It is very important to note that most interventions in the past have focused entirely on an explicit override of the implicit system – for example, we attempt to ‘rationalize’ away from a person’s automatic emotional response to stimuli. Unfortunately, this is not how the brain works (If I give you a rational explanation for why something ‘isn’t’ disgusting this will have no impact on your automatic disgust response).

  • Implication – Most of us have been primed to have automatic behavioral responses (towards a vice) in response to various emotions or environmental stimuli. example of stimuli that often lead to drinking: anxiety (emotion) or watching a sporting event (environmental).

 

  • Solution – We can set up our environments which allow a mindful reflection on our emotional and somatic realities so that we can our observe our desired impulses, emotions, and sensations with calm attention and without action. We then can learn to feel our feelings without reacting automatically to them. Increasing our ability to tolerate intense emotional experiences will have a positive impact on our ability to avoid the compulsory behavior.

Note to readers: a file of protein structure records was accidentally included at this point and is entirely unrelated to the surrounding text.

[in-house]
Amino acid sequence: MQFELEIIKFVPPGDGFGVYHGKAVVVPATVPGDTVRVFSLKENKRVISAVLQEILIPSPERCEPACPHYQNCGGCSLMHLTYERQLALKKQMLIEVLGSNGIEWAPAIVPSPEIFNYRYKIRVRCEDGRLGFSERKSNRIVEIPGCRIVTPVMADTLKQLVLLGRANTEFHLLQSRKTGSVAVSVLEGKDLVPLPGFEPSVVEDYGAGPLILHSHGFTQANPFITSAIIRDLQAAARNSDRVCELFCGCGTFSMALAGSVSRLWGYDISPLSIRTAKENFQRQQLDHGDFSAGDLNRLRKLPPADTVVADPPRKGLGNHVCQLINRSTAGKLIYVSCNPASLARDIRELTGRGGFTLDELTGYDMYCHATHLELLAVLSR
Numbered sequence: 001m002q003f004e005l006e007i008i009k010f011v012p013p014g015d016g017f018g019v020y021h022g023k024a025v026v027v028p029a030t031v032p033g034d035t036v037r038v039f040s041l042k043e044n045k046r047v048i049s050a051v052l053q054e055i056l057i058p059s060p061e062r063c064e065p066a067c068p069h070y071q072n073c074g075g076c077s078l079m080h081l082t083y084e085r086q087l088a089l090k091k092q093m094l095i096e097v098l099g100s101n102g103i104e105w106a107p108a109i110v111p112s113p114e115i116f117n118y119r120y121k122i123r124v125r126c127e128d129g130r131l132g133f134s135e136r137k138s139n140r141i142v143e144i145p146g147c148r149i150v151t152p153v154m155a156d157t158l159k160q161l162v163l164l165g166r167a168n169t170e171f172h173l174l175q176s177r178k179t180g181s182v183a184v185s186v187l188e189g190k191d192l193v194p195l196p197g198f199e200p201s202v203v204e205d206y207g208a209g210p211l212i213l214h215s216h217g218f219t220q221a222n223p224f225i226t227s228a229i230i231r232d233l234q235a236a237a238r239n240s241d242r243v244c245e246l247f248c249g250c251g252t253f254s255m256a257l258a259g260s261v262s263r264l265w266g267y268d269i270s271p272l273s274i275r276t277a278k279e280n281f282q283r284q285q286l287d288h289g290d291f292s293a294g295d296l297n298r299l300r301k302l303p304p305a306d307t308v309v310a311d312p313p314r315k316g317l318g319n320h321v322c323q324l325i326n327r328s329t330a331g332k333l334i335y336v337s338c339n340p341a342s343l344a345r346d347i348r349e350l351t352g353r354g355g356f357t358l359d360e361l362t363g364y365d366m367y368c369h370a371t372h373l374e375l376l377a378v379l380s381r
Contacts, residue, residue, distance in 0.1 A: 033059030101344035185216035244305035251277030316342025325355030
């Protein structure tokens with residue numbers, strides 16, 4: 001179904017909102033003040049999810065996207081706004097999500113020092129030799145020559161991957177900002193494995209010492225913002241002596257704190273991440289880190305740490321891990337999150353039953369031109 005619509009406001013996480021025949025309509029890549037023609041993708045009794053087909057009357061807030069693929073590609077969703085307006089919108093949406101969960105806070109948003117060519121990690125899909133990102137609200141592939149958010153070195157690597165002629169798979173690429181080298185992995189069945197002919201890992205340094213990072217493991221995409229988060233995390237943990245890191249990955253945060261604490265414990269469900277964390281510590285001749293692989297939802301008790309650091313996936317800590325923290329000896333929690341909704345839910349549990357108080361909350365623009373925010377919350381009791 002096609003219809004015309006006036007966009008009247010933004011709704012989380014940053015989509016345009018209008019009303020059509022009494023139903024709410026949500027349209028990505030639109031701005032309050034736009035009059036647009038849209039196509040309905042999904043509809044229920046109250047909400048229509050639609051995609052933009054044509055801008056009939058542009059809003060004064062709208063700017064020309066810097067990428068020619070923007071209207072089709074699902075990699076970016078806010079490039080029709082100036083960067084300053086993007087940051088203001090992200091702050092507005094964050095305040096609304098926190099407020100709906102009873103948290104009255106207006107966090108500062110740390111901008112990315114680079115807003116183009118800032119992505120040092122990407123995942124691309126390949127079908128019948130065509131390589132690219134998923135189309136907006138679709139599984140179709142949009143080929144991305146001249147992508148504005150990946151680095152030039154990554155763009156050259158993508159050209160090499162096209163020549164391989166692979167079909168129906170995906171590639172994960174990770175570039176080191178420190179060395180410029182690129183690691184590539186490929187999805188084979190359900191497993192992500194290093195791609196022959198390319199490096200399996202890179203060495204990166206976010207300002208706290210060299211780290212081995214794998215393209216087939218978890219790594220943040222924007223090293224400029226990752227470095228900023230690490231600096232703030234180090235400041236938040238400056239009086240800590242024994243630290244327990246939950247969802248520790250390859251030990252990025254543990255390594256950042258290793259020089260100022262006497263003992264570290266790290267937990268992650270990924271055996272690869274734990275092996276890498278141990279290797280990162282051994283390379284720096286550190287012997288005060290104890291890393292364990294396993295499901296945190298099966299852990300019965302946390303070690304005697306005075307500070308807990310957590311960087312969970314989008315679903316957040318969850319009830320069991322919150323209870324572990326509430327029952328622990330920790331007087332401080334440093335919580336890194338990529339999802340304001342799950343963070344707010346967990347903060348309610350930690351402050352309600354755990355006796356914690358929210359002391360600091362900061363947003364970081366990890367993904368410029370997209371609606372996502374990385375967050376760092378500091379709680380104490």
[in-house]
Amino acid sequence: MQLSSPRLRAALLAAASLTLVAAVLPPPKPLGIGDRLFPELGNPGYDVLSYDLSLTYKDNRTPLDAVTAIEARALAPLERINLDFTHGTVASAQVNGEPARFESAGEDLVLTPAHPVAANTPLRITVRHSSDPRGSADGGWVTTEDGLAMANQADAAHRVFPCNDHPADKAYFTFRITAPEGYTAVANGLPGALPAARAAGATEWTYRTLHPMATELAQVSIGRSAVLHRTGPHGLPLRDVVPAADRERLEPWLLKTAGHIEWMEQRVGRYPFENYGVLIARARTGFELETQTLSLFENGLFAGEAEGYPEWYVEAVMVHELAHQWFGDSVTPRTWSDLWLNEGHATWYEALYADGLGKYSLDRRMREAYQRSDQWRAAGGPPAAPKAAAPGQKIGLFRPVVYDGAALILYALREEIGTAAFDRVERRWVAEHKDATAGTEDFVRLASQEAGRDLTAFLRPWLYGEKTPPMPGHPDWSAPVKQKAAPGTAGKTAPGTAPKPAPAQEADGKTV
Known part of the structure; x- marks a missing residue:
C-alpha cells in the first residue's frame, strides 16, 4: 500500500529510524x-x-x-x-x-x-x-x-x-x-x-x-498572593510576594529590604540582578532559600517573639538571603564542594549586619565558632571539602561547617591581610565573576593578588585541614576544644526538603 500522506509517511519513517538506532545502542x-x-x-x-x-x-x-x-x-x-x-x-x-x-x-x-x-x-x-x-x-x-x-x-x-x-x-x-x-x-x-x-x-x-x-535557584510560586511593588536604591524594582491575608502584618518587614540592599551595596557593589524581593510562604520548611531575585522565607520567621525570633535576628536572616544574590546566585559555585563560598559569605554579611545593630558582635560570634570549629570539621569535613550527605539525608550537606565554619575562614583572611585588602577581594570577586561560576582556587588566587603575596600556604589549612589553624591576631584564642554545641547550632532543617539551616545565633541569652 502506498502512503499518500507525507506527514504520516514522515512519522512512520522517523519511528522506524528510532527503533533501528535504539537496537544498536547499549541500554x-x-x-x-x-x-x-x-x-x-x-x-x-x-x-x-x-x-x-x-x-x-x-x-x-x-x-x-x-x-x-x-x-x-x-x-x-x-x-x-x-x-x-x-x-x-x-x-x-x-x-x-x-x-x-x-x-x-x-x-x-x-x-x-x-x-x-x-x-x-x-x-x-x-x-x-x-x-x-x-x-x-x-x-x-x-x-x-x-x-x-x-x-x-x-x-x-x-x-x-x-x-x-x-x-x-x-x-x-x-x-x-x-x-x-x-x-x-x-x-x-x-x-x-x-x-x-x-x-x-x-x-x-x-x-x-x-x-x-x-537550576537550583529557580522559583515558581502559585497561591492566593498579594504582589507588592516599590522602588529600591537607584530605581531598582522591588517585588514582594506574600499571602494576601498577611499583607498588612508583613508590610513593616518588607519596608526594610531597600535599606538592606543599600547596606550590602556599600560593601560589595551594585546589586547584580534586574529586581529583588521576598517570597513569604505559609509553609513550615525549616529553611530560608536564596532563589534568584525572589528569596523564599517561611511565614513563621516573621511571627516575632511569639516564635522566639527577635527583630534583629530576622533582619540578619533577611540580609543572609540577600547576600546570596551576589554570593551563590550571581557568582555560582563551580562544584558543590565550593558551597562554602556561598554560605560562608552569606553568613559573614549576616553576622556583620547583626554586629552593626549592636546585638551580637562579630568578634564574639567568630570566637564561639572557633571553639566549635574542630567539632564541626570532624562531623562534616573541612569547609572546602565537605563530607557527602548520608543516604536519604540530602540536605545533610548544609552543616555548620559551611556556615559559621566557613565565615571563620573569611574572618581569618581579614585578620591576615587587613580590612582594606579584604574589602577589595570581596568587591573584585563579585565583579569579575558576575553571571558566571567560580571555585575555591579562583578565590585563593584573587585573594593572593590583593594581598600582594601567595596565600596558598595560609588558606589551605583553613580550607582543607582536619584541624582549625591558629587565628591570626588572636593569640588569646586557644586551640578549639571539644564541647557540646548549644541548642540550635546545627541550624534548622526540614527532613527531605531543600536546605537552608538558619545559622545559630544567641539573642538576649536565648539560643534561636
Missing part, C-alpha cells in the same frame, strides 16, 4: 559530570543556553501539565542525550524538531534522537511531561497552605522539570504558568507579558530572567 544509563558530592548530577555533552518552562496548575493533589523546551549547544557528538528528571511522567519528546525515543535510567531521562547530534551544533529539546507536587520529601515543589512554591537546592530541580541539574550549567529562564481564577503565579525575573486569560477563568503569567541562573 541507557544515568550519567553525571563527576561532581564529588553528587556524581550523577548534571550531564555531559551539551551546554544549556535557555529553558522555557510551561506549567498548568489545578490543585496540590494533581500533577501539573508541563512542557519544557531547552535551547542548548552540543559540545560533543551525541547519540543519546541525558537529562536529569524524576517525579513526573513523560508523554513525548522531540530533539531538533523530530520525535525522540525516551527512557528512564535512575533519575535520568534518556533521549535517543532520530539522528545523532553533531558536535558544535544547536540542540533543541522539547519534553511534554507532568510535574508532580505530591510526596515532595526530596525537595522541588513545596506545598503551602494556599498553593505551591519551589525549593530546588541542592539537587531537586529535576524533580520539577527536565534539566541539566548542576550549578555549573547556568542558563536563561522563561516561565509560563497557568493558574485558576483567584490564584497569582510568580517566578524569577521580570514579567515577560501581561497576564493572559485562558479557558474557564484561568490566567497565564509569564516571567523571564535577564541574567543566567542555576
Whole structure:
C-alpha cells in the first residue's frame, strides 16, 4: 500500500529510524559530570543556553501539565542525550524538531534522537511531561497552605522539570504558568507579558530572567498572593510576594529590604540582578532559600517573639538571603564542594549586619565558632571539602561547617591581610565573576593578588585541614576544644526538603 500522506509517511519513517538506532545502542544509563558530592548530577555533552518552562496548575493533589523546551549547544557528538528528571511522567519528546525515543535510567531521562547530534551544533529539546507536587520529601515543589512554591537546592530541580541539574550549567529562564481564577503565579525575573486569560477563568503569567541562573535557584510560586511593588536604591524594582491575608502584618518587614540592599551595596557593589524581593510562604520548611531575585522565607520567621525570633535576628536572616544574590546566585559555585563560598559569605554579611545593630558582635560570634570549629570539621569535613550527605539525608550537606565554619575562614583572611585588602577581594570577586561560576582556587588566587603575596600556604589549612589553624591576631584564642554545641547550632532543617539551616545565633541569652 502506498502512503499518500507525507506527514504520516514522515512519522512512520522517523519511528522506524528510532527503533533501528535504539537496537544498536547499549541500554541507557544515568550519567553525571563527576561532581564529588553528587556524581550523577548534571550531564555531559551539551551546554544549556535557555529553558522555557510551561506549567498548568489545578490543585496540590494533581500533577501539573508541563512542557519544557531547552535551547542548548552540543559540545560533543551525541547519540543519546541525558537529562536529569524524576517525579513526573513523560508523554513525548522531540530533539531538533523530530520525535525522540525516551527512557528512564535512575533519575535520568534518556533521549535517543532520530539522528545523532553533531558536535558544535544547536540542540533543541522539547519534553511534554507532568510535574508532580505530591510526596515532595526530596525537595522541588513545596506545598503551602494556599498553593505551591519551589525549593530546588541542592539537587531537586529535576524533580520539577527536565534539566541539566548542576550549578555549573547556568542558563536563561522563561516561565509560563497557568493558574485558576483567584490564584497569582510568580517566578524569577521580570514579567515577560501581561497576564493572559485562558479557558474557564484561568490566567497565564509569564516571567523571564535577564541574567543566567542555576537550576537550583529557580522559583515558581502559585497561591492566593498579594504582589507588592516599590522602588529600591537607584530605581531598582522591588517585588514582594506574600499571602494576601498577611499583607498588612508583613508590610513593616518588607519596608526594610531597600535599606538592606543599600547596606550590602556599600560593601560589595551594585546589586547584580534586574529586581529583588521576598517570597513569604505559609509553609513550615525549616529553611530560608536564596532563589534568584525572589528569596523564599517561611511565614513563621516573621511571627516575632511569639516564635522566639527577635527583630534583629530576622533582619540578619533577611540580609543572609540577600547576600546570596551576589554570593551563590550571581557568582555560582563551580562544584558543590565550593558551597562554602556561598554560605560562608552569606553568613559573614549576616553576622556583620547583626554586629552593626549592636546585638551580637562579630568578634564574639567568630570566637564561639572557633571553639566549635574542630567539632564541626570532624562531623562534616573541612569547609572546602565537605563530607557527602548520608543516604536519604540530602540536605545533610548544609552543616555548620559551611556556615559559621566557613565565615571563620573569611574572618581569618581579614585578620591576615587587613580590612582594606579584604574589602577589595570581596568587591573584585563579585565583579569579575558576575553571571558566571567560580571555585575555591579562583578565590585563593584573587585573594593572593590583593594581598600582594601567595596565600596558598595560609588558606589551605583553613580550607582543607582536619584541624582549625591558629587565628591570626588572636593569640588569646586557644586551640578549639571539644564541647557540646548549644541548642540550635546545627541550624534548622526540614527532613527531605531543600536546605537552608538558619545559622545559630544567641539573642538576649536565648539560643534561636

Brain wiring and neurotransmitters – there is some overlap here with the implicit system. “What fires together wires together” Experiences that happen together can wire together – this creates predictable emotional reactions to stimuli and can create associates that are not necessarily rational. 

Neurotransmitters help to control our psychological wellness – deficits and surpluses create issues ranging from depression to mania to attention issues to psychosis etc. Adding substances to a developing mind (or a developed mind) can have unpredictable effects on our neural chemistry. Additionally, substances can impact the brain’s ability to properly uptake, release, and create neurotransmitters – which then leads to deficits or surpluses.